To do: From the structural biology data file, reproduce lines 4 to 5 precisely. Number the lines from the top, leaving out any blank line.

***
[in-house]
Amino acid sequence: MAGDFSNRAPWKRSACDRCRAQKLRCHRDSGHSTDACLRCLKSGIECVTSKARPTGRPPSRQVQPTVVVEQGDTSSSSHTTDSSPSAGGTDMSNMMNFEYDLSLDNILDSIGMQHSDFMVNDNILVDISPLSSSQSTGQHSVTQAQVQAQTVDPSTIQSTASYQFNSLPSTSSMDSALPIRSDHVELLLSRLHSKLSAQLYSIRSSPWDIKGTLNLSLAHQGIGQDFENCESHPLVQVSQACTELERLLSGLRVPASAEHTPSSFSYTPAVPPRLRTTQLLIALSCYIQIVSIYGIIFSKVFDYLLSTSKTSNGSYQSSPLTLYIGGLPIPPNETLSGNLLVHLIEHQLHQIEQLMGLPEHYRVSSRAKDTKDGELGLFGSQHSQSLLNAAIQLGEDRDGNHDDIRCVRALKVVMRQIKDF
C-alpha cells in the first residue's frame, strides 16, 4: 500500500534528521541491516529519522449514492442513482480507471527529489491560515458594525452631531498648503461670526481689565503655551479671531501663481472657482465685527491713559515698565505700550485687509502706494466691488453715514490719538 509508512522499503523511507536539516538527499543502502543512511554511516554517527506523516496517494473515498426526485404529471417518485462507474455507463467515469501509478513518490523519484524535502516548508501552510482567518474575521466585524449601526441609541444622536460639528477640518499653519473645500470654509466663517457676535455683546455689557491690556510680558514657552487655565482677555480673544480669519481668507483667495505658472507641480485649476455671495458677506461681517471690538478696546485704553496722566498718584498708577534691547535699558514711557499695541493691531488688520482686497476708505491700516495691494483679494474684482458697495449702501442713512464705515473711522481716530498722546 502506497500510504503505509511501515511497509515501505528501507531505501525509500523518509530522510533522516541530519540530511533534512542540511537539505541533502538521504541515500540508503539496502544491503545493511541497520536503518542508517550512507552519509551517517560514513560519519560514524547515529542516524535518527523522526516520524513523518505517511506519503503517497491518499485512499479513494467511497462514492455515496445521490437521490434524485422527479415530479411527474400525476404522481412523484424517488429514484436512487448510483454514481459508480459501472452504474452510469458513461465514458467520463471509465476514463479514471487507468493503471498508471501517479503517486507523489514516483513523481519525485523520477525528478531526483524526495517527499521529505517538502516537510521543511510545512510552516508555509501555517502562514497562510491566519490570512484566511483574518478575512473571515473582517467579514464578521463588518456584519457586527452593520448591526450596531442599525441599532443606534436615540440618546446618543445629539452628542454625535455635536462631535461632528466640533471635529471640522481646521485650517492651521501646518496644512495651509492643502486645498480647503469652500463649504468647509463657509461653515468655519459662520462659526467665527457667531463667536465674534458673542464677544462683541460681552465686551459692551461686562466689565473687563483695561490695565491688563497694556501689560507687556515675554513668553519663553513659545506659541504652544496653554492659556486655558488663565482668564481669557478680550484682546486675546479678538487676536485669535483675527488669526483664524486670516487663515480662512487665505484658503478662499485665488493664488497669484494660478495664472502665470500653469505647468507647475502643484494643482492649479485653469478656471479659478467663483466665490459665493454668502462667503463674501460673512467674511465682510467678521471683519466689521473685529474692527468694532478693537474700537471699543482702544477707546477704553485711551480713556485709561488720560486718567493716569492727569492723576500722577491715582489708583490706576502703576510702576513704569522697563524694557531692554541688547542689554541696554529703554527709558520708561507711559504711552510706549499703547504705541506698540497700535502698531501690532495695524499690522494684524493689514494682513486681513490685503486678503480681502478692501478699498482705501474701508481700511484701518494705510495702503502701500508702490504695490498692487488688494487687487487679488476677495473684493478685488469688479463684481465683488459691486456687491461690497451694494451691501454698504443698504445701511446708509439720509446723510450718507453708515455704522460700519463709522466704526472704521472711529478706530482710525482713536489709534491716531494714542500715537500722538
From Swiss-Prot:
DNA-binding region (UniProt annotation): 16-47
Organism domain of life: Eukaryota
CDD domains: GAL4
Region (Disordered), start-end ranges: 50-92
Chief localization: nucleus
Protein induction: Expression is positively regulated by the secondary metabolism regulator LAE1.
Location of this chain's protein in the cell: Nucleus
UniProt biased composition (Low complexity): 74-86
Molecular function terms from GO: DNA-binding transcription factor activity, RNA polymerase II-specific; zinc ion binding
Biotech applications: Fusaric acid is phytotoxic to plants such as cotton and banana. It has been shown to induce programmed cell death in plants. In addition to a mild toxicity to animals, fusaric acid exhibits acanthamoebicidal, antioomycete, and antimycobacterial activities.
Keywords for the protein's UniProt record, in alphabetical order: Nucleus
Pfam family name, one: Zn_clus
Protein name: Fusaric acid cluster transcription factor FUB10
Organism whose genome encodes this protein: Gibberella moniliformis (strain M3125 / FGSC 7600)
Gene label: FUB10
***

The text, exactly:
From Swiss-Prot:
DNA-binding region (UniProt annotation): 16-47